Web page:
January 16, 2021

Thank You George Carlin

Done. Thanks.

Wikipedia has a very complete Carlin entry.

Comedians and those who knew the man discuss Carlin’s life and contribution.

When I heard that George Carlin had died, one of the first thoughts I had was how he had, in his own way, lived a life devoted to the “word,” i.e. the comedic word, and the truth, at least as Carlin saw it.

Carlin changed comedy and brought a massive amount of laughter into this world. Time magazine has a good recollection of Carlin’s contribution. I admired Carlin and relished his incredible insights into the nature of human existence. He made me laugh and he taught me a lot about how to think differently from the status quo. He was the embodiment of Dickinson’s advice to “tell it slant.” He’d recently been nominated- and will receive posthumously- the Mark Twain Award, and that’s an appropriate recognition. In every respect, Carlin was a worthy imitator and successor to Twain. In these safe and politically correct times, that’s worth an award.

Really, in his own way, Carlin was a great humanist. He didn’t just make comedy; he took comedy from the nature and foibles and follies of human existence. View people have ever been able to see below the surface with Carlin’s incredible powers of ironic observation, and even fewer have been as skillful at telling the truth. Carlin was perpetually amazed at what was their to see and hear from the human comedy, and he was committed to making those discoveries known.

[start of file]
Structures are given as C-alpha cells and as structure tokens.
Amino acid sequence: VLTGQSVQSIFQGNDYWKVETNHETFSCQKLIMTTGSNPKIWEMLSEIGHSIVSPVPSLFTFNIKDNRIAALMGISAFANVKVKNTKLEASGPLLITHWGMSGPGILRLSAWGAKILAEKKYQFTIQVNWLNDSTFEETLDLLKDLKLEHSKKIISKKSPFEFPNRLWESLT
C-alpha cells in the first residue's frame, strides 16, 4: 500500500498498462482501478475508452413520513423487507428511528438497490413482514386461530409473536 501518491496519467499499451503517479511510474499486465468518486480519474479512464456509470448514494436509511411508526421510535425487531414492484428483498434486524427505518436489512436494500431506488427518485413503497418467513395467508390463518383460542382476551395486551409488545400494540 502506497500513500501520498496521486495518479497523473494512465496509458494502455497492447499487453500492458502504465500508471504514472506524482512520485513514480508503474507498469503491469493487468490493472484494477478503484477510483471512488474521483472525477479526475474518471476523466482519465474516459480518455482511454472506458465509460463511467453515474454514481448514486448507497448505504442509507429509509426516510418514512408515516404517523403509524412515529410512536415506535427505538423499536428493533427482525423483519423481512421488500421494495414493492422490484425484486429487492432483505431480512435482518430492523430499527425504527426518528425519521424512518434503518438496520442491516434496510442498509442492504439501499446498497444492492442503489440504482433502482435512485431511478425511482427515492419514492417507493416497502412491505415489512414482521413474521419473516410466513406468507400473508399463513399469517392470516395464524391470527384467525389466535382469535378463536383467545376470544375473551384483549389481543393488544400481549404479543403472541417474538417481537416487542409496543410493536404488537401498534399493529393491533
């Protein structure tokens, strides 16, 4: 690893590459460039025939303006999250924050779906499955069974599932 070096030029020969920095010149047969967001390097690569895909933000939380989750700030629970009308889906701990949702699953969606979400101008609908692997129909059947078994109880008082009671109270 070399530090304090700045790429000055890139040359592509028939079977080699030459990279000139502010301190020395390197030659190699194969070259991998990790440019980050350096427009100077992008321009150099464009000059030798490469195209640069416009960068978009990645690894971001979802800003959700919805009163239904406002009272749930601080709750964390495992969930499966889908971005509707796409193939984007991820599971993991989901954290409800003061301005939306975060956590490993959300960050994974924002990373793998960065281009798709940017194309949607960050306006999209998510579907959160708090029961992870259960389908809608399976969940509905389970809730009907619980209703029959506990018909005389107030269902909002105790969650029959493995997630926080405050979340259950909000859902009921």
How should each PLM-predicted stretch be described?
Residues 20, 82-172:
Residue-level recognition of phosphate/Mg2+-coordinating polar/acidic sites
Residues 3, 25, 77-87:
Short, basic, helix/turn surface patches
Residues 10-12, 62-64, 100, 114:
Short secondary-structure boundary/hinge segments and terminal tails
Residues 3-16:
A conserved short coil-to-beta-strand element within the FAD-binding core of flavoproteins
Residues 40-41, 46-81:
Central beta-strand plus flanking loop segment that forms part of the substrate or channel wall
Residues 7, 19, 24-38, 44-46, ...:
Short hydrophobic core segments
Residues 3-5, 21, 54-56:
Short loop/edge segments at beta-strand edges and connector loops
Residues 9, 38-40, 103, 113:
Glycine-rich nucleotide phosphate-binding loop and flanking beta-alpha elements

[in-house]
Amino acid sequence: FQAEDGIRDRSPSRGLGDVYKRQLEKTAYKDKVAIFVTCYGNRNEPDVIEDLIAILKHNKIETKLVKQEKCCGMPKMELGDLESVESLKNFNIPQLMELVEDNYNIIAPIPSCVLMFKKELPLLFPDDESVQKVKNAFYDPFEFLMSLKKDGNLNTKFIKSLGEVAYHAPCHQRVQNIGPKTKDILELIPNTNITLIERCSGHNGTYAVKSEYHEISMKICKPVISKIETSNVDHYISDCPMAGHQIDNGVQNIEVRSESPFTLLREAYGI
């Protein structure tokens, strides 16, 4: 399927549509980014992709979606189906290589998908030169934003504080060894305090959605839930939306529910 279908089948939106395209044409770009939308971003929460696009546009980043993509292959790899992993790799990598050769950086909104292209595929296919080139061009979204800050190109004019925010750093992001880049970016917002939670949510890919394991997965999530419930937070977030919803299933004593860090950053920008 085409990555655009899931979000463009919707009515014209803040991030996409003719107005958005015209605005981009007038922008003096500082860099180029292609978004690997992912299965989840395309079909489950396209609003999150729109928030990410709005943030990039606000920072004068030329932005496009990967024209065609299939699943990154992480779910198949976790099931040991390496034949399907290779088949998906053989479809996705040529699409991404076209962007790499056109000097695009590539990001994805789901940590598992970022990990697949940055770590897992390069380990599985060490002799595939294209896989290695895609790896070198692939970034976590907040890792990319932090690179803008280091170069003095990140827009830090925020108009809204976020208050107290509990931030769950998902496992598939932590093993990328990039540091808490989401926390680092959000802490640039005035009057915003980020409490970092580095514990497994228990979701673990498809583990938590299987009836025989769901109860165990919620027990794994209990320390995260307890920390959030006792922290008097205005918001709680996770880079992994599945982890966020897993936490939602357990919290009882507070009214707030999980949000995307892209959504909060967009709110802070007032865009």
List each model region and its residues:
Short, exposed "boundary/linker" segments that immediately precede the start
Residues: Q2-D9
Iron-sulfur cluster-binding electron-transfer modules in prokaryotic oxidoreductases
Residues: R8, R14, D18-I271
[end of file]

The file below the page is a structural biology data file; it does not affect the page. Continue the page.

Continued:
For example, go to Youtube and find Carlin’s routine on materialism, which is profoundly labeled “Stuff,” and you’ll be edified, I promise. (That’s the Christian-ese word for positively influenced by the truth.) While Carlin’s routines are often too profane for most Christians, they contain always keen, sometimes breathtaking examples of observation and ironic truth-telling.

What strikes me as continually ironic is that Carlin and other comedians have become the truth-tellers of our time, while many Christians, especially in their official capacities as official religious spokespersons, have become the embodiment of truth avoidance and truth obscuration. Or, if you’d like to get on the more cynical bus with me and the Ecclesiastes Band, we’re more known for being liars about the human journey than we are for telling the truth. In that sense, I can say a hardy Thank God for George Carlin, who wasn’t afraid to tell it like it was, even if it totally overturned the tables so nicely arranged by the orderers of society and the custodian of decent thought.

Carlin embodied Shakespeare’s ideal of the fool. (See King Lear for details.) The Fool was a truthteller wrapped in the costume of a clown. Because you had agreed to submit to his agenda of laughter, you opened yourself up to his agenda of truth. One of the first conversations between Lear and his fool includes a death threat, but the Fool is not intimidated, and soon Lear is begging his Fool to continue being the one person who will tell him the painful, but precious, truth.